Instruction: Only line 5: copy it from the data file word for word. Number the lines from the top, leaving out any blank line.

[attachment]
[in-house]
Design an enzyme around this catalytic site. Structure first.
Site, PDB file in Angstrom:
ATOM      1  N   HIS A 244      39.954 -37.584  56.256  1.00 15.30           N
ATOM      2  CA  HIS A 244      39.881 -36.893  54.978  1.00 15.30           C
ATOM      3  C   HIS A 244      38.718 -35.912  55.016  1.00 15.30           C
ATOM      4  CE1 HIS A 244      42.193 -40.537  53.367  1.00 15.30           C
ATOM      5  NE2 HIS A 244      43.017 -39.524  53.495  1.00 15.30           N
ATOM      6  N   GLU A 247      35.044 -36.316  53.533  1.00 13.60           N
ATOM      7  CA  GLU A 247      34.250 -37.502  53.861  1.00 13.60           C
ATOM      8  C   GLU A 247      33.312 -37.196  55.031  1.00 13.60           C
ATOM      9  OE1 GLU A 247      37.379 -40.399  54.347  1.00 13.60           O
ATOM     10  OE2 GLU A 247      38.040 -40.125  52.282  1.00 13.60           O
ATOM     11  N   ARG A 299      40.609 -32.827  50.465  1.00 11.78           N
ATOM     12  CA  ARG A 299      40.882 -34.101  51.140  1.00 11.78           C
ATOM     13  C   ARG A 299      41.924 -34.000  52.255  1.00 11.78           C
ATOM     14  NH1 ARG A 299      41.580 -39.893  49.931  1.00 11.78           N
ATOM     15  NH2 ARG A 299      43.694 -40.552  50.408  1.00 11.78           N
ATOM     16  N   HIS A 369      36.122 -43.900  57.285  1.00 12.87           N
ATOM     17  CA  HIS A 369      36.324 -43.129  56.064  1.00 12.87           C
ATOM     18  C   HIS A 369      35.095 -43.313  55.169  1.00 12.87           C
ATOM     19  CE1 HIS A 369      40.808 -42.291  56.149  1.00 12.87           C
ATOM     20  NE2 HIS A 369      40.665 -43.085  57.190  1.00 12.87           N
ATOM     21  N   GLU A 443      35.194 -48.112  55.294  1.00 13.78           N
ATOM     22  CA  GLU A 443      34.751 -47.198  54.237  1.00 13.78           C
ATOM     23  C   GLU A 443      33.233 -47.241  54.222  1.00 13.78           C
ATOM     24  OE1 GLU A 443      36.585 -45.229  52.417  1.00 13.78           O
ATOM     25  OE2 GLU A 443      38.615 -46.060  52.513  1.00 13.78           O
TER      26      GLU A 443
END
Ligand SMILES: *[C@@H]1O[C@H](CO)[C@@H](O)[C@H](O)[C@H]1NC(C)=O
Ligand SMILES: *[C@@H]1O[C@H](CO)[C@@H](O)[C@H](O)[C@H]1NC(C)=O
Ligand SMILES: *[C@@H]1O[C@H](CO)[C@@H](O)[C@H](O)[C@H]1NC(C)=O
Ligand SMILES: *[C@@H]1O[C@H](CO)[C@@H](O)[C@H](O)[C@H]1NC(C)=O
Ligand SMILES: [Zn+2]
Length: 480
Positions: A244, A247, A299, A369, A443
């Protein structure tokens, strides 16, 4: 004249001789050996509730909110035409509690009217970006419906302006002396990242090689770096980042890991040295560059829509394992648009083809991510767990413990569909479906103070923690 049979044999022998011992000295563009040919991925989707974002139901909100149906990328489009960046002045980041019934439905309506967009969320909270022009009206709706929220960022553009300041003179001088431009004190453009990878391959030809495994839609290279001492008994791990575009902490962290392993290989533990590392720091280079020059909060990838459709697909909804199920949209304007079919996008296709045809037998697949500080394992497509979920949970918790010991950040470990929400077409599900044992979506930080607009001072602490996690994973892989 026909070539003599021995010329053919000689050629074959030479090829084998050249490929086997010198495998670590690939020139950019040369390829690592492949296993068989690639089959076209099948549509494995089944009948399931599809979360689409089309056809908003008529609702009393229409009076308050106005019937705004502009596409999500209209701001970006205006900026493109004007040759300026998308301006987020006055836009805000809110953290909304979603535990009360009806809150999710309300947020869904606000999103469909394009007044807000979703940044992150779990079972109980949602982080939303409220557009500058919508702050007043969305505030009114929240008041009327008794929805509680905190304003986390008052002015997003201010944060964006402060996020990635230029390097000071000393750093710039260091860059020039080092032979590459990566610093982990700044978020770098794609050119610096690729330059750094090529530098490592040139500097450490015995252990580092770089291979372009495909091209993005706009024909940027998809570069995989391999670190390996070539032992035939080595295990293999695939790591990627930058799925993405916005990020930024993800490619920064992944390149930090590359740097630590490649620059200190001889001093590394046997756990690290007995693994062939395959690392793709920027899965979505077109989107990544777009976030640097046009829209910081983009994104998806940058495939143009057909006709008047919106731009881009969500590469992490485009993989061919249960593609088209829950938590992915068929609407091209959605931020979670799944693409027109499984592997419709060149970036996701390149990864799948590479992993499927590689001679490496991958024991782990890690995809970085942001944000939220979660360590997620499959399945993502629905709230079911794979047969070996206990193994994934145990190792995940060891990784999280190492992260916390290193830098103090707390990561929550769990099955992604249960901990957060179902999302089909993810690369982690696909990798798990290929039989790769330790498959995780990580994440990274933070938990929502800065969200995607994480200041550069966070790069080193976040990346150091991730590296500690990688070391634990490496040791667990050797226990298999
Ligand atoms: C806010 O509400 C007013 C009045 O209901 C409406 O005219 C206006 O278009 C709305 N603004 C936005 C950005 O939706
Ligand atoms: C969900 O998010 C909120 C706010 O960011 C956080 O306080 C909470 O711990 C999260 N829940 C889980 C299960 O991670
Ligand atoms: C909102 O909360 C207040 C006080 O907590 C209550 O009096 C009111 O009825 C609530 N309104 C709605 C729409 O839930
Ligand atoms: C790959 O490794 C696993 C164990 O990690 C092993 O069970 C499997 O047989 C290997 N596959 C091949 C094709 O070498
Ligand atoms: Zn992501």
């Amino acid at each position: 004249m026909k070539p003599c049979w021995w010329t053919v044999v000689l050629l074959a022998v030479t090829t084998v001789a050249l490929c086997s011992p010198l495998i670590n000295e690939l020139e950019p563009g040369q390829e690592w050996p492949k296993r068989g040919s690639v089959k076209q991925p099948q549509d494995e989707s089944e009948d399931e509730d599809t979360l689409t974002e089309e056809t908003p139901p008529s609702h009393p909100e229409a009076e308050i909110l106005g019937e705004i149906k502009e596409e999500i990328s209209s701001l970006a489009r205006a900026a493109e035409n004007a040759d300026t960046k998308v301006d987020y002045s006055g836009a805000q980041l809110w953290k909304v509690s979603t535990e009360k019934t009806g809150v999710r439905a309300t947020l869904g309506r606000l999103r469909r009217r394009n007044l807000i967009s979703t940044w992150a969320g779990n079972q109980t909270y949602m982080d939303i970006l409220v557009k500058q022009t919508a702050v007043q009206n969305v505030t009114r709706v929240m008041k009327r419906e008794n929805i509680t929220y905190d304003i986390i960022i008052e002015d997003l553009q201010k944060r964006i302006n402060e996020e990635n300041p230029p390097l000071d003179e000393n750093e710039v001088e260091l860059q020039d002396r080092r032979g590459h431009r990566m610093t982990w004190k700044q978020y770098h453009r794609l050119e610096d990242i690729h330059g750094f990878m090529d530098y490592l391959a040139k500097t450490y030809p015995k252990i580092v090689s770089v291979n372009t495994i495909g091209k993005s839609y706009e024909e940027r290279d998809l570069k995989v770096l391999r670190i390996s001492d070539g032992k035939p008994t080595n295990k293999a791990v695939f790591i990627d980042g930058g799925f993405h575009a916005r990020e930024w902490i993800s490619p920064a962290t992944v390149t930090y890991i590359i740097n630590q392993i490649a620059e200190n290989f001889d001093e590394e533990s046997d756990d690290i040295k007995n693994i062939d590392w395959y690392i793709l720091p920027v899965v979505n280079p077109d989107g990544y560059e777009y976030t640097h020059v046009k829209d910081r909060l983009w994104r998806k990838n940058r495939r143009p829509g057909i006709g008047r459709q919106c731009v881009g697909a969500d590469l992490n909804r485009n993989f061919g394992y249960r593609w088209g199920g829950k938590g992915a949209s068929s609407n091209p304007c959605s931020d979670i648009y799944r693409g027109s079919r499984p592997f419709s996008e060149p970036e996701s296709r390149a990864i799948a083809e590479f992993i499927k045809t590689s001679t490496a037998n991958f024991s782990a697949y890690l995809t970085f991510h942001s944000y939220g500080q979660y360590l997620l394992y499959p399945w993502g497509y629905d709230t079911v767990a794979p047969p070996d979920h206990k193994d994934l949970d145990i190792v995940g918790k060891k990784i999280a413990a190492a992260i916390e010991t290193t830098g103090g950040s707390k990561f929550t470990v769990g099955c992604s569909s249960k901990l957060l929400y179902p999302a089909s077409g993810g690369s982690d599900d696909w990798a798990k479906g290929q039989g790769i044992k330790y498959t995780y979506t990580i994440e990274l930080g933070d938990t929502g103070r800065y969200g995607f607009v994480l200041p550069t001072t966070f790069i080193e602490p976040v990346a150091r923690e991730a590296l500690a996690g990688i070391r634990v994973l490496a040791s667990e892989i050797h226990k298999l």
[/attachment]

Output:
ATOM      2  CA  HIS A 244      39.881 -36.893  54.978  1.00 15.30           C